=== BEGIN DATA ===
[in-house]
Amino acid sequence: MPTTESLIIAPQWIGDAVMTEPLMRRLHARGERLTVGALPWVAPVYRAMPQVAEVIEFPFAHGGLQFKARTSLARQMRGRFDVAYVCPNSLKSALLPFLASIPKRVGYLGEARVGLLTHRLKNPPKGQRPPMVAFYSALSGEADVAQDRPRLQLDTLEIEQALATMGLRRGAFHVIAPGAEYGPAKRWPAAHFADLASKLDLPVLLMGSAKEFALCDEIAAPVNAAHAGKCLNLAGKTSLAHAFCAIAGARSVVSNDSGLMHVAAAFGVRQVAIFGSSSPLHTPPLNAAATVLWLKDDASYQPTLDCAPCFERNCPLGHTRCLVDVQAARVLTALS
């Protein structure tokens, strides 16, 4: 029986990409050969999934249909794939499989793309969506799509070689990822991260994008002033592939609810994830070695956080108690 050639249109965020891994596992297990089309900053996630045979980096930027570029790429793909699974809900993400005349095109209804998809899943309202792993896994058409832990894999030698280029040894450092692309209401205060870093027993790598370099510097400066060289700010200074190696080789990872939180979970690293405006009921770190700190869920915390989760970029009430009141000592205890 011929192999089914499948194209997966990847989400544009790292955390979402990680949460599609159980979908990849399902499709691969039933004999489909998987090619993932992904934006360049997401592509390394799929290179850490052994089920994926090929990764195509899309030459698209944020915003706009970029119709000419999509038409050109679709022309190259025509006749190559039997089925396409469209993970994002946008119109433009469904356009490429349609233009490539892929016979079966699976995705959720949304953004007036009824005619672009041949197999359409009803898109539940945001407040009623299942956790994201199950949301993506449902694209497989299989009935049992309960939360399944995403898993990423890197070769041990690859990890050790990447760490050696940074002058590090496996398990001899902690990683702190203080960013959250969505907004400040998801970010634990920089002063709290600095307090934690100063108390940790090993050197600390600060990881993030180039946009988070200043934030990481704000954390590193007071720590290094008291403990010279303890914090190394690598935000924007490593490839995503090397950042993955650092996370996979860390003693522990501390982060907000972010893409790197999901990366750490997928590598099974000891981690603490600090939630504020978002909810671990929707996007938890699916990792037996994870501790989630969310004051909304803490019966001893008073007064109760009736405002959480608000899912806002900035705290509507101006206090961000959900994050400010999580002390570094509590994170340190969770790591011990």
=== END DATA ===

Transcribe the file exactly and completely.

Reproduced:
[in-house]
Amino acid sequence: MPTTESLIIAPQWIGDAVMTEPLMRRLHARGERLTVGALPWVAPVYRAMPQVAEVIEFPFAHGGLQFKARTSLARQMRGRFDVAYVCPNSLKSALLPFLASIPKRVGYLGEARVGLLTHRLKNPPKGQRPPMVAFYSALSGEADVAQDRPRLQLDTLEIEQALATMGLRRGAFHVIAPGAEYGPAKRWPAAHFADLASKLDLPVLLMGSAKEFALCDEIAAPVNAAHAGKCLNLAGKTSLAHAFCAIAGARSVVSNDSGLMHVAAAFGVRQVAIFGSSSPLHTPPLNAAATVLWLKDDASYQPTLDCAPCFERNCPLGHTRCLVDVQAARVLTALS
């Protein structure tokens, strides 16, 4: 029986990409050969999934249909794939499989793309969506799509070689990822991260994008002033592939609810994830070695956080108690 050639249109965020891994596992297990089309900053996630045979980096930027570029790429793909699974809900993400005349095109209804998809899943309202792993896994058409832990894999030698280029040894450092692309209401205060870093027993790598370099510097400066060289700010200074190696080789990872939180979970690293405006009921770190700190869920915390989760970029009430009141000592205890 011929192999089914499948194209997966990847989400544009790292955390979402990680949460599609159980979908990849399902499709691969039933004999489909998987090619993932992904934006360049997401592509390394799929290179850490052994089920994926090929990764195509899309030459698209944020915003706009970029119709000419999509038409050109679709022309190259025509006749190559039997089925396409469209993970994002946008119109433009469904356009490429349609233009490539892929016979079966699976995705959720949304953004007036009824005619672009041949197999359409009803898109539940945001407040009623299942956790994201199950949301993506449902694209497989299989009935049992309960939360399944995403898993990423890197070769041990690859990890050790990447760490050696940074002058590090496996398990001899902690990683702190203080960013959250969505907004400040998801970010634990920089002063709290600095307090934690100063108390940790090993050197600390600060990881993030180039946009988070200043934030990481704000954390590193007071720590290094008291403990010279303890914090190394690598935000924007490593490839995503090397950042993955650092996370996979860390003693522990501390982060907000972010893409790197999901990366750490997928590598099974000891981690603490600090939630504020978002909810671990929707996007938890699916990792037996994870501790989630969310004051909304803490019966001893008073007064109760009736405002959480608000899912806002900035705290509507101006206090961000959900994050400010999580002390570094509590994170340190969770790591011990």